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Today's Stichomancy for The Rock

The first excerpt represents the element of Air. It speaks of mental influences and the process of thought, and is drawn from The Crisis in Russia by Arthur Ransome:

friends kept the artists in the right way, and received the fullest explanation. The political section of the organization works out the main idea and aim for each picture, which covers the whole side of a wagon. This idea is then submitted to a "collective" of artists, who are jointly responsible for its realization in paint. The artists compete with each other for a prize which is awarded for the best design, the judges being the artists themselves. It is the art of the poster, art with a purpose of the most definite kind. The result is sometimes amusing, interesting, startling, but, whatever else it does, hammers home a plain idea.

The second excerpt represents the element of Fire. It speaks of emotional influences and base passions, and is drawn from Margret Howth: A Story of To-day by Rebecca Harding Davis:

He had sauntered out from the city for a morning walk,--not through the hills, as Margret went, going home, but on the other side, to the river, over which you could see the Prairie. We are in Indiana, remember. The sunlight was pure that morning, powerful, tintless, the true wine of life for body or spirit. Stephen Holmes knew that, being a man of delicate animal instincts, and so used it, just as he had used the dumb-bells in the morning. All things were made for man, weren't they? He was leaning against the door of the school-house,-- a red, flaunting house, the daub on the landscape: but, having his back to it, he could not see it, so through his half-shut eyes he suffered the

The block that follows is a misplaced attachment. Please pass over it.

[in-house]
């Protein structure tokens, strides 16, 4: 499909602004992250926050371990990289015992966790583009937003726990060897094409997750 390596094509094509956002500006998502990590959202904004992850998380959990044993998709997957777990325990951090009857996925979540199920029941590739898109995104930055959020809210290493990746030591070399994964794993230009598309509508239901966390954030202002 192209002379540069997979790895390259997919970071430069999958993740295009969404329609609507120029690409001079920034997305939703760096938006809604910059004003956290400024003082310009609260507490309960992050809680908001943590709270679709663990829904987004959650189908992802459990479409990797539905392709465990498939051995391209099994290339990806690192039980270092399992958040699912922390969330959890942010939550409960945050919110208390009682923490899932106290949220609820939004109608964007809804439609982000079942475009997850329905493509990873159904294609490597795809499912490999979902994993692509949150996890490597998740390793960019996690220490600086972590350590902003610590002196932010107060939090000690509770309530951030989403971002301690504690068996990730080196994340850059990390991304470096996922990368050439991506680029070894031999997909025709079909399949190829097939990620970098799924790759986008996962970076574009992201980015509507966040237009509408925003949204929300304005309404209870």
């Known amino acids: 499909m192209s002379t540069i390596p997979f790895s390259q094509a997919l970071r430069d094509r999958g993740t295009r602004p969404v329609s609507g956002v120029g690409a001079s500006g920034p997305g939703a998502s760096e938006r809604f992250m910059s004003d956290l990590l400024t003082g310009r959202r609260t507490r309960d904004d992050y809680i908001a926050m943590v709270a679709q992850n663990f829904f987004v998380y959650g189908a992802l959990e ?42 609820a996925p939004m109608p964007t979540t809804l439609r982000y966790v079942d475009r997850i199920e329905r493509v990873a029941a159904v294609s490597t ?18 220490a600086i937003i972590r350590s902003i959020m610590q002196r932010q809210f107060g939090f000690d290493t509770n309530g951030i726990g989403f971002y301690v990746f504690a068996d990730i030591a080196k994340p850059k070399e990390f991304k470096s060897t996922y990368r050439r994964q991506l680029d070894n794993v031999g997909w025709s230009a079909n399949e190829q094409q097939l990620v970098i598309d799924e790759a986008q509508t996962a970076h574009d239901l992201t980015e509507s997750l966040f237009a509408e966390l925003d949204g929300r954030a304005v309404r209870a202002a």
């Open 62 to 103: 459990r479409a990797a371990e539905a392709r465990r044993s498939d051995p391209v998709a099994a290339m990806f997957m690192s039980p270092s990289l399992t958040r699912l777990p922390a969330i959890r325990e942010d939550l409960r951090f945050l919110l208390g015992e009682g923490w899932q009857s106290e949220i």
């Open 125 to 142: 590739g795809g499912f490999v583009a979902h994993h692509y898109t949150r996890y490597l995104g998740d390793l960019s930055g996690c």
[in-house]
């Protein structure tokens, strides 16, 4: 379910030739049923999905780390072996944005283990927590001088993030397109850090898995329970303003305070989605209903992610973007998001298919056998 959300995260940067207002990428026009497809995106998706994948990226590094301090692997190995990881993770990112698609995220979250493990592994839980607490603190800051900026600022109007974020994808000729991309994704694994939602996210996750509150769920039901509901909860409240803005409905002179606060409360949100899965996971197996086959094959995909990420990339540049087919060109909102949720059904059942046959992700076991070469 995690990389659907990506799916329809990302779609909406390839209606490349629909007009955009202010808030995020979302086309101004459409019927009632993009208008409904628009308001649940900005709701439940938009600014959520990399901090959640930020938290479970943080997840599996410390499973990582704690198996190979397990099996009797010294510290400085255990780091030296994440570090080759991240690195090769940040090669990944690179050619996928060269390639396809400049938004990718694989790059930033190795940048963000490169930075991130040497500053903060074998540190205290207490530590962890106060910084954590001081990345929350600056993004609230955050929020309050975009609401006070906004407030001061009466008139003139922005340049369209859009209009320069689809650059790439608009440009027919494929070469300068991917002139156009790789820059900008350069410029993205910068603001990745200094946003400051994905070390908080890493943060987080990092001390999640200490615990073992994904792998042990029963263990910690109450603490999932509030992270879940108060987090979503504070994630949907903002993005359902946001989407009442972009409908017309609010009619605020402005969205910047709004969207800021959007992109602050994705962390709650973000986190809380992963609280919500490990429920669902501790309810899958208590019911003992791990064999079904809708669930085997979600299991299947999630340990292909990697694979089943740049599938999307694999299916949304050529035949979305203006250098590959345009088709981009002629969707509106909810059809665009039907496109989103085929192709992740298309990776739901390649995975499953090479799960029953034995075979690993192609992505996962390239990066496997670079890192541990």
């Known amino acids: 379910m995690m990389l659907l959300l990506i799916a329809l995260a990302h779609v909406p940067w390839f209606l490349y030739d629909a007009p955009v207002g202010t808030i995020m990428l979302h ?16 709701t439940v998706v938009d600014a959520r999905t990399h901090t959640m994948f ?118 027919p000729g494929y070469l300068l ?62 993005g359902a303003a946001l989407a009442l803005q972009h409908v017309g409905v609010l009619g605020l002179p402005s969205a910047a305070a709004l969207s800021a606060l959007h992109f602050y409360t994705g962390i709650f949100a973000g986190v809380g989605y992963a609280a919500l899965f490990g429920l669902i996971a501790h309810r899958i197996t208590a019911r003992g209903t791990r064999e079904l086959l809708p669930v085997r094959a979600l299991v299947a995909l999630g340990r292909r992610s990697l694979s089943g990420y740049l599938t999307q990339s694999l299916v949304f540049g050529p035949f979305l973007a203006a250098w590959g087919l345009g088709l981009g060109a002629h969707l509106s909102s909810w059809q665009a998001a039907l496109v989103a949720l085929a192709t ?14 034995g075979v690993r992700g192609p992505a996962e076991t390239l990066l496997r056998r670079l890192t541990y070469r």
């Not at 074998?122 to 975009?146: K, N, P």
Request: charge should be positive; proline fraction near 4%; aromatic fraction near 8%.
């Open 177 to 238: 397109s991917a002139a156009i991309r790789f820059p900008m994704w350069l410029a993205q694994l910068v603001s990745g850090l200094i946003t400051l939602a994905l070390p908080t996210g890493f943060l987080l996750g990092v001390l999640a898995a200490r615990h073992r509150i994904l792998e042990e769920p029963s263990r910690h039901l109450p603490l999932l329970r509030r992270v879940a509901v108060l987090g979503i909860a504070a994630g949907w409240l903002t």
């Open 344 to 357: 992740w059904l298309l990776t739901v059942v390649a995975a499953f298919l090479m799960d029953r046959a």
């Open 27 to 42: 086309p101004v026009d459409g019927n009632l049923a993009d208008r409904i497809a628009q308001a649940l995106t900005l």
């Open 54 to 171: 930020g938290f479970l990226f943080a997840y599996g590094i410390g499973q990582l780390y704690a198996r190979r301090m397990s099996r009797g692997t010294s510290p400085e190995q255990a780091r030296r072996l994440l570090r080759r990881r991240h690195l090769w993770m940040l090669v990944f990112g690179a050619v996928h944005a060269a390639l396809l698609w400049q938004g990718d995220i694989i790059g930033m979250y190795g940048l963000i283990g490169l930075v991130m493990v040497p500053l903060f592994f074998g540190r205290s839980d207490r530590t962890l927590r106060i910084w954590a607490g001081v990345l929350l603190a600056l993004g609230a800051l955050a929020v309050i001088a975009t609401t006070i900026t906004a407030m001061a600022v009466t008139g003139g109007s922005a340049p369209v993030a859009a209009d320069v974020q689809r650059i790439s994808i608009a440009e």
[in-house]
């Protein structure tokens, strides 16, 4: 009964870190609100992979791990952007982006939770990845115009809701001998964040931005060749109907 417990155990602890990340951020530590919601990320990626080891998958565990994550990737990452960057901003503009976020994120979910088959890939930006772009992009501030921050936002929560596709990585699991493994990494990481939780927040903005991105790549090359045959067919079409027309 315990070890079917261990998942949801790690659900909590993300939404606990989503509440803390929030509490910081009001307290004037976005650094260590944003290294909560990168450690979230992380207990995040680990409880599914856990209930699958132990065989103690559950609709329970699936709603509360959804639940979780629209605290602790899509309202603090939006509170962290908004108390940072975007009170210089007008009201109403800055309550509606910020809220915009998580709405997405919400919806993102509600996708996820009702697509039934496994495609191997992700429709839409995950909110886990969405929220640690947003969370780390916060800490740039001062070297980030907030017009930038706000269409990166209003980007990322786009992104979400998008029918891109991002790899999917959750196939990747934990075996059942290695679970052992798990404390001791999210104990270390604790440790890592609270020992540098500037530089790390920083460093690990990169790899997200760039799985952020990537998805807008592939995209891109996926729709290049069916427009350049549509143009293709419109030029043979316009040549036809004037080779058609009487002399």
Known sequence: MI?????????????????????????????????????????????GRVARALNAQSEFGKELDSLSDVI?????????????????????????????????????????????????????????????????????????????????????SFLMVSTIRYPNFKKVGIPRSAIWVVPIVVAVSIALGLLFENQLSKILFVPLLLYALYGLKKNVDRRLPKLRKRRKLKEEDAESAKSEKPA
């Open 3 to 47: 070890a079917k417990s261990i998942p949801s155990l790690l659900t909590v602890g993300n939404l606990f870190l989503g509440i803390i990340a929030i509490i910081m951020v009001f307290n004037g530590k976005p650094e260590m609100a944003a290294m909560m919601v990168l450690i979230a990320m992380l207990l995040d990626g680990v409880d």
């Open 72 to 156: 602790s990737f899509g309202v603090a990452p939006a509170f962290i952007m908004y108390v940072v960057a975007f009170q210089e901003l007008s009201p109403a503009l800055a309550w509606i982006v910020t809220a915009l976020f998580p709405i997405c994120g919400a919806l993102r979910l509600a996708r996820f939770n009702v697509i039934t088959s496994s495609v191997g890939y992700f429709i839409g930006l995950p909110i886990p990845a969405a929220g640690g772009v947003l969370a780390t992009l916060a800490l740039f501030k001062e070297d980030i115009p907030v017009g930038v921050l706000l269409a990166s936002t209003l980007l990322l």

Margret Howth: A Story of To-day
The third excerpt represents the element of Water. It speaks of pure spiritual influences and feelings of love, and is drawn from The Case of the Golden Bullet by Grace Isabel Colbron and Augusta Groner:

"Don't let them disturb you, my dear Muller; we will allow your keenness all possible leeway here." The Head of Police spoke with calm politeness, but Muller started and shivered. The emphasis on the "here" showed him that even the head of the department had been incensed at his suggestion that the beautiful Mrs. Kniepp had died of her own free will. It had been his assertion of this which, coming to the ears of the bereaved husband, had enraged and embittered him, and had turned the power of his influence with the high authorities against the detective. Muller knew how greatly he had fallen from favour in the Police Department, and the words of his respected superior showed him that he was still in disgrace.

The fourth excerpt represents the element of Earth. It speaks of physical influences and the impact of the unseen on the visible world, and is drawn from In the South Seas by Robert Louis Stevenson:

him and is ever fresh; and when be has asked and meditates of foreign countries, he looks up with a smile and reminds you, 'I got POWER.' Nor is his delight only in the possession, but in the exercise. He rejoices in the crooked and violent paths of kingship like a strong man to run a race, or like an artist in his art. To feel, to use his power, to embellish his island and the picture of the island life after a private ideal, to milk the island vigorously, to extend his singular museum - these employ delightfully the sum of his abilities. I never saw a man more patently in the right trade.

It would be natural to suppose this monarchy inherited intact